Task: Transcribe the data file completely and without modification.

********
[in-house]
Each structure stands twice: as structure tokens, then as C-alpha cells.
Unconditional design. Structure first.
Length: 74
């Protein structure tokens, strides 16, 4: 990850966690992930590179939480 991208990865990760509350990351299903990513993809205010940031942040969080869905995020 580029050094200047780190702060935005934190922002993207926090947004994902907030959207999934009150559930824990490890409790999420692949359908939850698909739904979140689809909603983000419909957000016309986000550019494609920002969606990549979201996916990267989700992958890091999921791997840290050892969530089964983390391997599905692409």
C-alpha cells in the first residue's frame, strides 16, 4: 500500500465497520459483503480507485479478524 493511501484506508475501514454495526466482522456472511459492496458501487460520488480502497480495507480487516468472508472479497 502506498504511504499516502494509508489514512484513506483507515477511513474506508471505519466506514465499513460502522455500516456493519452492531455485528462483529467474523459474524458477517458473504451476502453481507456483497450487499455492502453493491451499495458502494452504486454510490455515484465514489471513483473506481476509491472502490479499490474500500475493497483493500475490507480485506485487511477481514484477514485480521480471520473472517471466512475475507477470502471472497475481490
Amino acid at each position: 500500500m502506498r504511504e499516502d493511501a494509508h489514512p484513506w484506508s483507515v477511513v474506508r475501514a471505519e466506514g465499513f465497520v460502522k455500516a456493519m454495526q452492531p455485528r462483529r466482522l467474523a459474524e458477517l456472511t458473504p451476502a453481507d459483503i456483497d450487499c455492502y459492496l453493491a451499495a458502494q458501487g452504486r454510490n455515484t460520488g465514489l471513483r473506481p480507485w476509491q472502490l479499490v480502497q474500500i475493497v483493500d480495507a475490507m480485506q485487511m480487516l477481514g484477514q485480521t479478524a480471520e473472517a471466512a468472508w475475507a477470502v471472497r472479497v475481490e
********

[in-house]
Each structure stands twice: as structure tokens, then as C-alpha cells.
Unconditional design. Structure first.
Length: 74
């Protein structure tokens, strides 16, 4: 990850966690992930590179939480 991208990865990760509350990351299903990513993809205010940031942040969080869905995020 580029050094200047780190702060935005934190922002993207926090947004994902907030959207999934009150559930824990490890409790999420692949359908939850698909739904979140689809909603983000419909957000016309986000550019494609920002969606990549979201996916990267989700992958890091999921791997840290050892969530089964983390391997599905692409």
C-alpha cells in the first residue's frame, strides 16, 4: 500500500465497520459483503480507485479478524 493511501484506508475501514454495526466482522456472511459492496458501487460520488480502497480495507480487516468472508472479497 502506498504511504499516502494509508489514512484513506483507515477511513474506508471505519466506514465499513460502522455500516456493519452492531455485528462483529467474523459474524458477517458473504451476502453481507456483497450487499455492502453493491451499495458502494452504486454510490455515484465514489471513483473506481476509491472502490479499490474500500475493497483493500475490507480485506485487511477481514484477514485480521480471520473472517471466512475475507477470502471472497475481490
Amino acid at each position: 500500500m502506498r504511504e499516502d493511501a494509508h489514512p484513506w484506508s483507515v477511513v474506508r475501514a471505519e466506514g465499513f465497520v460502522k455500516a456493519m454495526q452492531p455485528r462483529r466482522l467474523a459474524e458477517l456472511t458473504p451476502a453481507d459483503i456483497d450487499c455492502y459492496l453493491a451499495a458502494q458501487g452504486r454510490n455515484t460520488g465514489l471513483r473506481p480507485w476509491q472502490l479499490v480502497q474500500i475493497v483493500d480495507a475490507m480485506q485487511m480487516l477481514g484477514q485480521t479478524a480471520e473472517a471466512a468472508w475475507a477470502v471472497r472479497v475481490e